1991 Honda Accord LX Wagon 2.2 4 cylinder from North America

Summary:

Excellent craftsmanship, designed to last

Faults:

Handles kind of oddly because the previous owners put an airbag suspension on it, and apparently bent one of the strut rods (which is a dealer item and not easily obtained). Even after getting new tires and an alignment, the steering is sloppy and scary at high speeds. Not Honda's fault, though.

The fresh air no longer works -- it's stuck on recirculate.

The air conditioning is out of its charge.

Like most Hondas, the power antenna no longer works (my grandma has a '95 wagon with the same problem).

Driver side outside lock no longer works.

Oil leak -- probably due to the transmission being replaced, and the rear main seal not being replaced at the same time.

Replaced battery.

Replaced CV axle.

Thermostat stuck open, preventing transmission from locking up. I still don't understand why Honda doesn't let the torque converter go into lockup if the engine isn't hot enough, but replacing the thermostat fixed the problem.

General Comments:

This car has a LOT of miles on it, but the engine was rebuilt and the transmission has apparently been replaced three times. The car was owned by teenagers who decided to "pimp" it out, and the airbag suspension they put in caused the CV axles to pull out of the transmission -- probably the reason its transmission was replaced three times (I have no way of verifying that that's true, though). The passenger CV axle was clicking loudly when I bought the car, but wasn't that difficult or expensive to replace.

The exterior is in rough shape -- the paint is cracked and in terrible condition on the roof. The interior is in surprisingly good shape, though.

With nearly 300,000 miles, it's incredible how well this car is holding up -- although it doesn't have the original engine and transmission.

It has impressive power. The car that this replaced is an '88 Camry, and the throttle response is much better in the Honda.

I was hesitant to buy a Honda for a long time because of the interference engine. The timing belt broke on my Camry, but I was able to fix it easily enough because it's free-wheeling. With the Accord, I'd be looking at getting a new head. But there's a logical reason: the valves open farther, increasing power. But they can also collide with the pistons if the belt snaps, so it's important to replace the timing belt in your Honda on time.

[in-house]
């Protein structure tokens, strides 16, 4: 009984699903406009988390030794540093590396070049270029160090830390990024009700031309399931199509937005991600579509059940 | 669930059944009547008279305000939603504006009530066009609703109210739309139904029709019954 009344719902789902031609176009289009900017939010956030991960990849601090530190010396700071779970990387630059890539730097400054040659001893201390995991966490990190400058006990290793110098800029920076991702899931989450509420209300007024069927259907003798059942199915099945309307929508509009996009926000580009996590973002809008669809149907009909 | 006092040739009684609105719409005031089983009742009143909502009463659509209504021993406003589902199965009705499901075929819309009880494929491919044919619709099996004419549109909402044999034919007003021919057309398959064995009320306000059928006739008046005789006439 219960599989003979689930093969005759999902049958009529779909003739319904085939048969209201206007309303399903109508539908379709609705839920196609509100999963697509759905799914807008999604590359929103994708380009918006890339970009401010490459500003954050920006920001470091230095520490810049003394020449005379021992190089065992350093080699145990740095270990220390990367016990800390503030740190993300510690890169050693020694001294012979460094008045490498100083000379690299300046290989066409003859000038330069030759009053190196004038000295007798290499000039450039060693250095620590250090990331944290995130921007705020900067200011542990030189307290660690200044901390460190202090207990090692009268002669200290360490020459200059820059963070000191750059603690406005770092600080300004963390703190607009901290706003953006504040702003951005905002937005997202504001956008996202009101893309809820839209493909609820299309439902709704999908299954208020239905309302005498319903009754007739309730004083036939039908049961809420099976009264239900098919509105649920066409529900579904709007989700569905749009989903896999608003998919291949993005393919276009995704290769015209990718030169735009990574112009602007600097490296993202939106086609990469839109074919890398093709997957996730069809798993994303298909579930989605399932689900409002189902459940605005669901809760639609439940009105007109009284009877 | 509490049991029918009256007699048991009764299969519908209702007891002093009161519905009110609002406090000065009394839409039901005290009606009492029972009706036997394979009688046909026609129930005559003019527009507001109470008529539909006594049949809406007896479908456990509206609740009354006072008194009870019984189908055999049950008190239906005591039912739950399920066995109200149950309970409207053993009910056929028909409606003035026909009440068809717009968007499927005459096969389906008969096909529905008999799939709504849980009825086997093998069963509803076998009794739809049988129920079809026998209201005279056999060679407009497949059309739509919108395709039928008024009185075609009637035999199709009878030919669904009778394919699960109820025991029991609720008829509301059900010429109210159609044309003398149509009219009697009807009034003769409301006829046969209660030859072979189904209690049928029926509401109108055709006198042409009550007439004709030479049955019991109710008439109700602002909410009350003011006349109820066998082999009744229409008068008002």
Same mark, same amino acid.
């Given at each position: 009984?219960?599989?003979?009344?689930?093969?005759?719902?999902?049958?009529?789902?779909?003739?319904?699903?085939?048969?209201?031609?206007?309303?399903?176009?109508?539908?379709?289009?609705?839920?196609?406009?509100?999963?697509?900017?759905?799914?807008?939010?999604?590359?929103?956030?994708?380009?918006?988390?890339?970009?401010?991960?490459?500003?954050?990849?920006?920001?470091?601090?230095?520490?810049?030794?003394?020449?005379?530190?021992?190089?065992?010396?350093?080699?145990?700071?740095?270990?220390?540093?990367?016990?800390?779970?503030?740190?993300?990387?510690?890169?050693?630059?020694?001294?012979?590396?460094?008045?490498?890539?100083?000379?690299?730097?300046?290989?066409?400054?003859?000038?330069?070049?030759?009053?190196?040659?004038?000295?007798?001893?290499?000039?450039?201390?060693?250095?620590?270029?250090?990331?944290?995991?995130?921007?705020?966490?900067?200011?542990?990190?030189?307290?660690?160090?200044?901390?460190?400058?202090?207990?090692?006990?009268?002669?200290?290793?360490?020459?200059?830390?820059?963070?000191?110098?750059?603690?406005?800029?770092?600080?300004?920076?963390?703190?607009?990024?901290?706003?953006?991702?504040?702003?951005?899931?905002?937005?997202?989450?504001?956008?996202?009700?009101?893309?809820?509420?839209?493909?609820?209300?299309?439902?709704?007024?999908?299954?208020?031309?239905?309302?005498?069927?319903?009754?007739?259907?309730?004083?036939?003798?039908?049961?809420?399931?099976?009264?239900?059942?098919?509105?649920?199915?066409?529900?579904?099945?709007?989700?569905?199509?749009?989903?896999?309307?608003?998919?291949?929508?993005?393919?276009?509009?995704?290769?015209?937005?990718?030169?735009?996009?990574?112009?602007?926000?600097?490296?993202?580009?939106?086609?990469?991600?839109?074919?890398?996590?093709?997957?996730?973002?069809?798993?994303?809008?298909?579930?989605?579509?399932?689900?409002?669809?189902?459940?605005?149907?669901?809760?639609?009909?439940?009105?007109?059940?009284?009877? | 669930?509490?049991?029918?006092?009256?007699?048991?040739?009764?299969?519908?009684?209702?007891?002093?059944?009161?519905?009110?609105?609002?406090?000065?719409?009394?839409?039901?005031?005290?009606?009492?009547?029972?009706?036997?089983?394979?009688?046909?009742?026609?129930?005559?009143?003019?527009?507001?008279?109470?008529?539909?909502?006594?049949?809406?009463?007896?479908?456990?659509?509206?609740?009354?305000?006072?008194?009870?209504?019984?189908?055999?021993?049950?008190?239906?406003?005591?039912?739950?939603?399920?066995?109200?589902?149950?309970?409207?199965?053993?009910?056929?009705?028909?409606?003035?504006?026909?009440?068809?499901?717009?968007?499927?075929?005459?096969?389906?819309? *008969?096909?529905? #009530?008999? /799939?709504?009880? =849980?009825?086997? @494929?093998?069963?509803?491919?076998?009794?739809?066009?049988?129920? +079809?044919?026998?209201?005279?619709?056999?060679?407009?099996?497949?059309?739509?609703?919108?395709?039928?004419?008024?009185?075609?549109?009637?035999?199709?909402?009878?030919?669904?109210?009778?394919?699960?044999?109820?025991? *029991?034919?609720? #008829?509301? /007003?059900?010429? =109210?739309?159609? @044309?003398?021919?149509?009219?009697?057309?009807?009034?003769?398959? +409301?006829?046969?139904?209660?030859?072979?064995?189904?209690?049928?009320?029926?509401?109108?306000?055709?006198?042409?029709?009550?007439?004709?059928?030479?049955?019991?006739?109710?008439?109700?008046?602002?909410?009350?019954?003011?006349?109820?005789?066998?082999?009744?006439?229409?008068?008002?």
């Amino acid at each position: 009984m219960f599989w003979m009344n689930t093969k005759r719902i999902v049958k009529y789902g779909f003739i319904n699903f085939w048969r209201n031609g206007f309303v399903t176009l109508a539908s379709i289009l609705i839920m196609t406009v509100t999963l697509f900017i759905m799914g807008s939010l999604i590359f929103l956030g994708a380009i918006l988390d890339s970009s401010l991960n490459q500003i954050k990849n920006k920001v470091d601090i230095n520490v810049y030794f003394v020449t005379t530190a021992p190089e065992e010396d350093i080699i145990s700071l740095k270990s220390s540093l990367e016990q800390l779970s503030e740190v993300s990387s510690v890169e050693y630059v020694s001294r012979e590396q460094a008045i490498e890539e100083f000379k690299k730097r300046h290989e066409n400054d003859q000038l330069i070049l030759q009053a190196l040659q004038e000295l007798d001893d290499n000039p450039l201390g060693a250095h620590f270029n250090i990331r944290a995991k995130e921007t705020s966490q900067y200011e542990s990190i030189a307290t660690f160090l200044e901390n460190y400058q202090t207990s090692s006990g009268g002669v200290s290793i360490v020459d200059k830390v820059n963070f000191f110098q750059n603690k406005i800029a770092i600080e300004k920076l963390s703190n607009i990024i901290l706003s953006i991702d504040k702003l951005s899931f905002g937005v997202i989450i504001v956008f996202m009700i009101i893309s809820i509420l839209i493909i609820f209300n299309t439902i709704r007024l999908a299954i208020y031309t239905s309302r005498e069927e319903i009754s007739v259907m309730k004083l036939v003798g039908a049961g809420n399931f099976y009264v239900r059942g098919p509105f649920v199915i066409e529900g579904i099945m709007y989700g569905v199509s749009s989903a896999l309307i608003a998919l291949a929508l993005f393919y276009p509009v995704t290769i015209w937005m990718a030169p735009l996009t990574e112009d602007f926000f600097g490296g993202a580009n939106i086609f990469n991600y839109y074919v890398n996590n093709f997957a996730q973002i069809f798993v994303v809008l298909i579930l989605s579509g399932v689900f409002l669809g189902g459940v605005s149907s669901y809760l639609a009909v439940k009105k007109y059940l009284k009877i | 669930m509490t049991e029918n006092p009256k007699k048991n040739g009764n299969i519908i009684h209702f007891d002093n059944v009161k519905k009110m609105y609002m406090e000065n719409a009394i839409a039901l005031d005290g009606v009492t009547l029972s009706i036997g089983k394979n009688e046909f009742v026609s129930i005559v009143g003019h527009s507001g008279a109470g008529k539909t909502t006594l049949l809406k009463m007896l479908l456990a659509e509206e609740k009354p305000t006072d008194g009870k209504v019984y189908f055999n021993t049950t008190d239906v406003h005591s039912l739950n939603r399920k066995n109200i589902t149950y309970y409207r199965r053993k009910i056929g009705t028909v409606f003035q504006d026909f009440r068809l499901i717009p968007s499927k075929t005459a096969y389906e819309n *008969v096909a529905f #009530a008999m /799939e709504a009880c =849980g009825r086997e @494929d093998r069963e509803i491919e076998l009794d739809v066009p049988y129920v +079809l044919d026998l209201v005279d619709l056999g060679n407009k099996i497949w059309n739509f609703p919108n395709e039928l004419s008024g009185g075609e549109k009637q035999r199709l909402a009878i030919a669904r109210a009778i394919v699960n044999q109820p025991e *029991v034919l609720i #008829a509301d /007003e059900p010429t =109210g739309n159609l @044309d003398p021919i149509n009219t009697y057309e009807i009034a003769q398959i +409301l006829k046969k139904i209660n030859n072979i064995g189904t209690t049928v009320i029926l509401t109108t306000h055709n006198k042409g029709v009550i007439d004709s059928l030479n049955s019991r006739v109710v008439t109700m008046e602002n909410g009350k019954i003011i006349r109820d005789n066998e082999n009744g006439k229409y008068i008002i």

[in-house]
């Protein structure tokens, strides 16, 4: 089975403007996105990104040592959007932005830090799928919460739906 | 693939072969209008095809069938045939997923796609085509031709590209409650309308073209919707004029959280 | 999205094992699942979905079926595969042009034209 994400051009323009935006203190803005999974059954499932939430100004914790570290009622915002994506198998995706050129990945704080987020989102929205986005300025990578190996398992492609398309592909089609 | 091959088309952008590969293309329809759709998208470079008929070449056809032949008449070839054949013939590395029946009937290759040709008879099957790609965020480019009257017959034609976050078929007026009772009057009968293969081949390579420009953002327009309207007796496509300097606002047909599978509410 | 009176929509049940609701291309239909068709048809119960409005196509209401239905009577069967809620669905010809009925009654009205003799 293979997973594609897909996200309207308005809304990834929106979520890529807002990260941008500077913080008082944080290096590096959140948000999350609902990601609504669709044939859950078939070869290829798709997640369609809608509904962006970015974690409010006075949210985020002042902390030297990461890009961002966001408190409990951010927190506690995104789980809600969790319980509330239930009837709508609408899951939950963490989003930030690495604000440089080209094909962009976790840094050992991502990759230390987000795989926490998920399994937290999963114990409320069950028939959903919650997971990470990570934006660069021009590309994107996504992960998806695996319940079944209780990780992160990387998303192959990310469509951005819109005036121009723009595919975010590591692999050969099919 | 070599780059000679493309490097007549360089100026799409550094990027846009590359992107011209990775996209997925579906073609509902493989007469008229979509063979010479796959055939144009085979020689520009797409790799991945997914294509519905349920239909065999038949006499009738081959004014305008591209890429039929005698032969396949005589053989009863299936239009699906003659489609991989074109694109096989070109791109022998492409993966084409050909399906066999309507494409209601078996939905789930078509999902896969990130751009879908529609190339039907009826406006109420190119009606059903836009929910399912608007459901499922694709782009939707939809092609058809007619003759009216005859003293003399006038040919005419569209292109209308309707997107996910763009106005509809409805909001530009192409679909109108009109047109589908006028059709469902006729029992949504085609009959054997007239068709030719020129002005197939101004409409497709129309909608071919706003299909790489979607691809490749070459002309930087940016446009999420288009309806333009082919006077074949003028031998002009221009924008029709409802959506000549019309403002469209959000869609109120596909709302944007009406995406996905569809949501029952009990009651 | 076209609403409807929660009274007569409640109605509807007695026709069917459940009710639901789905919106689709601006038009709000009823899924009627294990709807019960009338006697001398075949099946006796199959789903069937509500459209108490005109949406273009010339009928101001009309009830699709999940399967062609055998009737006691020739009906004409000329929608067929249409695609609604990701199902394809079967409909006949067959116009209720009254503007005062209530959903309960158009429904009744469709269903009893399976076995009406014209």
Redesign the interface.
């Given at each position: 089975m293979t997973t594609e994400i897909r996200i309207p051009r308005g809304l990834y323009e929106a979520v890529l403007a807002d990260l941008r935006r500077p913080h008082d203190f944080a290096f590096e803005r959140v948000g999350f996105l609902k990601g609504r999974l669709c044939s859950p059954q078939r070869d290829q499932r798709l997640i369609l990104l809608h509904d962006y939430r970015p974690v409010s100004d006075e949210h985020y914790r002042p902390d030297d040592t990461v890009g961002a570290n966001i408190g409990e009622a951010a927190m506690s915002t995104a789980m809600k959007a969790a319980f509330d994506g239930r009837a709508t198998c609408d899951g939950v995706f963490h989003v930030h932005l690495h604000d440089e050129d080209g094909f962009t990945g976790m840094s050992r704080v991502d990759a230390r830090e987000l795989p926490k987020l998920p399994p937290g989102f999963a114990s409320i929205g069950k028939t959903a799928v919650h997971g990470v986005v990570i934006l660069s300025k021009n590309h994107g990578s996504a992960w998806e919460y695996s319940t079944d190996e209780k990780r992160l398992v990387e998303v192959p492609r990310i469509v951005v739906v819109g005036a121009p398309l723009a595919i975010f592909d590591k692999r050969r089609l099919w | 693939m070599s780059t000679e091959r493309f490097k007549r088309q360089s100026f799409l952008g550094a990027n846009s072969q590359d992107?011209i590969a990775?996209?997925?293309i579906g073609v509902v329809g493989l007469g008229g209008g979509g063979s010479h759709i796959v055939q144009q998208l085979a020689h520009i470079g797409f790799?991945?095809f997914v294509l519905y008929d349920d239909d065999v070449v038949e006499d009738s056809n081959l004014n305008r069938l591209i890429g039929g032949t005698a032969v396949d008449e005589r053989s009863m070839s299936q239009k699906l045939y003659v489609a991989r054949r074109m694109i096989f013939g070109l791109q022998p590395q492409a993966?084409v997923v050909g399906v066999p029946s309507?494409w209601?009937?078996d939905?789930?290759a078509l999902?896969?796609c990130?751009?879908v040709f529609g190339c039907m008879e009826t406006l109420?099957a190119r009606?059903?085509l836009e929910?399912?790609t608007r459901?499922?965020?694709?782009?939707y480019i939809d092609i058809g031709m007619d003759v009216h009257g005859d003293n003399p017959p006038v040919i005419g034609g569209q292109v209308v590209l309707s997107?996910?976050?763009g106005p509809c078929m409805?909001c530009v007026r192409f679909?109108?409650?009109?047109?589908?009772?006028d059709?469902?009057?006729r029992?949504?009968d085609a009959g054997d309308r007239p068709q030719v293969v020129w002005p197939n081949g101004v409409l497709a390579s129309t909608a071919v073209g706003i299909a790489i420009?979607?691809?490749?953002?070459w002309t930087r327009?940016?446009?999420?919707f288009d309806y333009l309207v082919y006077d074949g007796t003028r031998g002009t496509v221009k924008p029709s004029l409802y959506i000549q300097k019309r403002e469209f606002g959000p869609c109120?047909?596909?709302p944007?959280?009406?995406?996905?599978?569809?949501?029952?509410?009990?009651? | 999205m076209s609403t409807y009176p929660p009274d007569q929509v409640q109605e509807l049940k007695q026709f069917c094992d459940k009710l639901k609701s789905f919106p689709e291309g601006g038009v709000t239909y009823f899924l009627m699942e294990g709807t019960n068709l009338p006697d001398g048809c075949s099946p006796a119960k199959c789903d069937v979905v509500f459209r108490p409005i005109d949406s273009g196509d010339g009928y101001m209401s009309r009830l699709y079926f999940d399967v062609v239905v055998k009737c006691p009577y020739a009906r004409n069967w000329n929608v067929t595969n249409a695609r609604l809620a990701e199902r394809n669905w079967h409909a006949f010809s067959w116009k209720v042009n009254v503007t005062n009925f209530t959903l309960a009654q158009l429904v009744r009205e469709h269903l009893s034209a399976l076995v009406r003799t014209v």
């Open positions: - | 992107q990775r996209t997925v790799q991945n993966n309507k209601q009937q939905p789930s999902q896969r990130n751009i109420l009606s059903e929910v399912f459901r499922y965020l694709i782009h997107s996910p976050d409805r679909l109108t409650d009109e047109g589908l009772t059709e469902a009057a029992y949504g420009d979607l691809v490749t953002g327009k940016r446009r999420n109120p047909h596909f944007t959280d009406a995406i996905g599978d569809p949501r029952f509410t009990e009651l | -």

This car cost $1,000, which wasn't that bad. I've only driven it for a little over 10,000 miles, but my daily commute is 70 miles and it hasn't come close to letting me down.

I replaced the thermostat first with a 195-degree. This was too hot. The cooling fan came on all the time. Then I tried 180. Also too hot. The stock temperature is 170 degrees, contrary to what many auto parts store employees told me -- some pretty argumentative about it. If the computer says it, it must be true. But the factory thermostat that came out of the engine was 170, and it's the same with my Grandma's '95 Accord: 170. I had to get the thermostat special-ordered because the store didn't have it in stock. Contrary to what you might be told, 170 is correct.

There's a reason that Hondas have high resale values -- they're very well-built vehicles and deserve their reputation.

Would you buy another car from this manufacturer? Yes

Review Date: 30th March, 2009

1991 Honda Accord LX from North America

Summary:

If I wait until it "dies" to buy another car, I will be stuck in this thing forever!!!

Faults:

Two motor mounts were bad when I purchased it, and are still bad over 20k miles later. Car still won't quit. I was told by one mechanic that they could be replaced for about $2000. Another mechanic ( who only works on Hondas) told me that most of the Accords he services this old have at least one broken motor mount and are just fine. This was over three years ago.

Replaced water pump and timing belts at approx. 160k miles. Cost less than $500.

Replaced the speed sensor and relay switch at about 150k, for about $200. It seemed like the transmission was going out, so I was not opposed to a $200 fix.

Clear coat has worn off in AZ sun and paint is faded.

Radio antenna broken, tape deck broken. Speakers still OK.

Blinkers didn't work at purchase, have since been fixed for less than $100.

Rubber parts, brake pads, and hoses wear out quickly, but this is the desert.

General Comments:

I am the third owner of this car, originally purchased in New Jersey but now in Arizona. This means the body has some rust and sun faded paint---the best of both worlds.

This car has been incredibly easy to maintain and reliable.

There is evidence that someone has tried to break into it on the driver's door frame. It is high on the list of stolen cars, and it is close to Mexico, but so far so good, I just use a club, and a small red light visible from outside of the car.

I have seen someone flip end over end in the exact same model car going over 50 mph and walk away without a scratch. The car was upside down but looked salvageable.

Has decent response for an 18 year old 4-cylinder, but can be felt straining in terrain that is too hilly.

It's never left me stranded.

Gas mileage could be better, but is very reasonable.

Has a surprisingly huge trunk, and the fold down seats make it easy to move things.

Would you buy another car from this manufacturer? Yes

Review Date: 24th March, 2009